It went on to say that the Supreme Military Council will meet as planned on Monday for a twice yearly meeting to begin deciding key appointments.

President Abdullah Gul and Erdogan met Kosaner on Friday to discuss the matter.

Since his party came to power in 2002, Erdogan has succeeded in curbing the military’s traditional dominance, using as one of his weapons the reforms needed to advance Turkey’s chances of joining the European Union.

Turkey’s generals overthrew three governments between 1960 and 1980, and forced a fourth from power in 1997, but few Turks now believe a chastened military is any longer capable of mounting a coup.

DEEP RESPECT FOR MILITARY

Respect for the military runs deep, however, and Turks were stunned last year, when police rounded up scores of officers and detained them in prison on charges of being part of a plan presented at a military seminar to destabilize Erdogan’s government.

The alleged Sledgehammer plot involved provoking near war with Greece by shooting down one of Turkey’s own warplanes, and planting bombs in Istanbul to sow chaos.

The military says there was never any such plan, the seminar was a war-gaming exercise, and evidence has been fabricated.

Having first come to power in 2002, Erdogan’s AK won a third consecutive term in a parliamentary election in June, scoring 50 percent of the vote.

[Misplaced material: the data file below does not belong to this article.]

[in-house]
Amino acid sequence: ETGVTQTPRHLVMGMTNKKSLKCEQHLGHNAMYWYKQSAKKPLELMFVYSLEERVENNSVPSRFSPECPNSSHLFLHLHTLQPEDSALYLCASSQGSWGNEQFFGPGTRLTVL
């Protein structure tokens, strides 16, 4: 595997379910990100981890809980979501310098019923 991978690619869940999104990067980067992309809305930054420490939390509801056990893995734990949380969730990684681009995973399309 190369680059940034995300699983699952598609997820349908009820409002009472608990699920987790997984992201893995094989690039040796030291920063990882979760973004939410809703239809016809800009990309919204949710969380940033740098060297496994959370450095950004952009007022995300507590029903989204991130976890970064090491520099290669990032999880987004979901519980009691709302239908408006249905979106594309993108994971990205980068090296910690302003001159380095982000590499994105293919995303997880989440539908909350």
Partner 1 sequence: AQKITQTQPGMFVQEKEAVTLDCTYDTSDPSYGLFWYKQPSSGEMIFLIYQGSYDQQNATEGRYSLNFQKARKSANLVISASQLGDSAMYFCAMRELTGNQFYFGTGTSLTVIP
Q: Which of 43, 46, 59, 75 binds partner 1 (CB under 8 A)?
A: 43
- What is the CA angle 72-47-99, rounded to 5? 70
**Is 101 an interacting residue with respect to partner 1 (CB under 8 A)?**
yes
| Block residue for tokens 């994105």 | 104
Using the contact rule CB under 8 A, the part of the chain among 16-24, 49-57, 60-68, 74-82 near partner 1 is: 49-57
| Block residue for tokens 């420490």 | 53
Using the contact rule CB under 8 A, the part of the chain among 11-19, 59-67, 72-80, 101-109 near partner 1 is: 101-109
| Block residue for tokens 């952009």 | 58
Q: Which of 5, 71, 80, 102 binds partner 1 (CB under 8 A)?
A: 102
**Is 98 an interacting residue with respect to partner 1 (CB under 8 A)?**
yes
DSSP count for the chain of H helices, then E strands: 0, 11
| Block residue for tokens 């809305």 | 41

But Erdogan’s decisive victory against the army came in 2007. The high command attempted to undermine the government, rejecting in a posting on its website current President Abdullah Gul because he had entered politics as an Islamist.

Erdogan called an early election. With support from Turks opposed to military meddling in politics his AK party won a landslide and installed Gul as president.

Dani Rodrik, a professor at Harvard University, who has followed the cases against the military, doubted whether the resignations would precipitate a political crisis, as the AK Party is so strong, but warned of other dangers.

“It could have unforeseen repercussions. Financial markets are very fragile and things like this could effect them badly,” said Rodrik, son-in-law of Cetin Dogan, a senior general accused of plotting against the government.

The Turkish lira weakened sharply on the news to 1.6964 against the dollar from an interbank close of 1.6805 on Friday.

Royal Bank of Scotland economist Timothy Ash said the resignations appeared to be a “symbolic step.”

“Hard to see the military winning this battle, given the ruling AK Party got 50 per cent poll support in the June elections, and now dominates institutions of state,” he added.

Kosaner, who took over as head of the armed forces in August 2010, is regarded as a hardline secularist.

Alongside Kosaner, the land forces head Erdal Ceylanoglu, air forces chief Hasan Aksay and navy commander Ugur Yigit have also sought retirement.

Writing by Daren Butler and Simon Cameron-Moore; Editing by Samia Nakhoul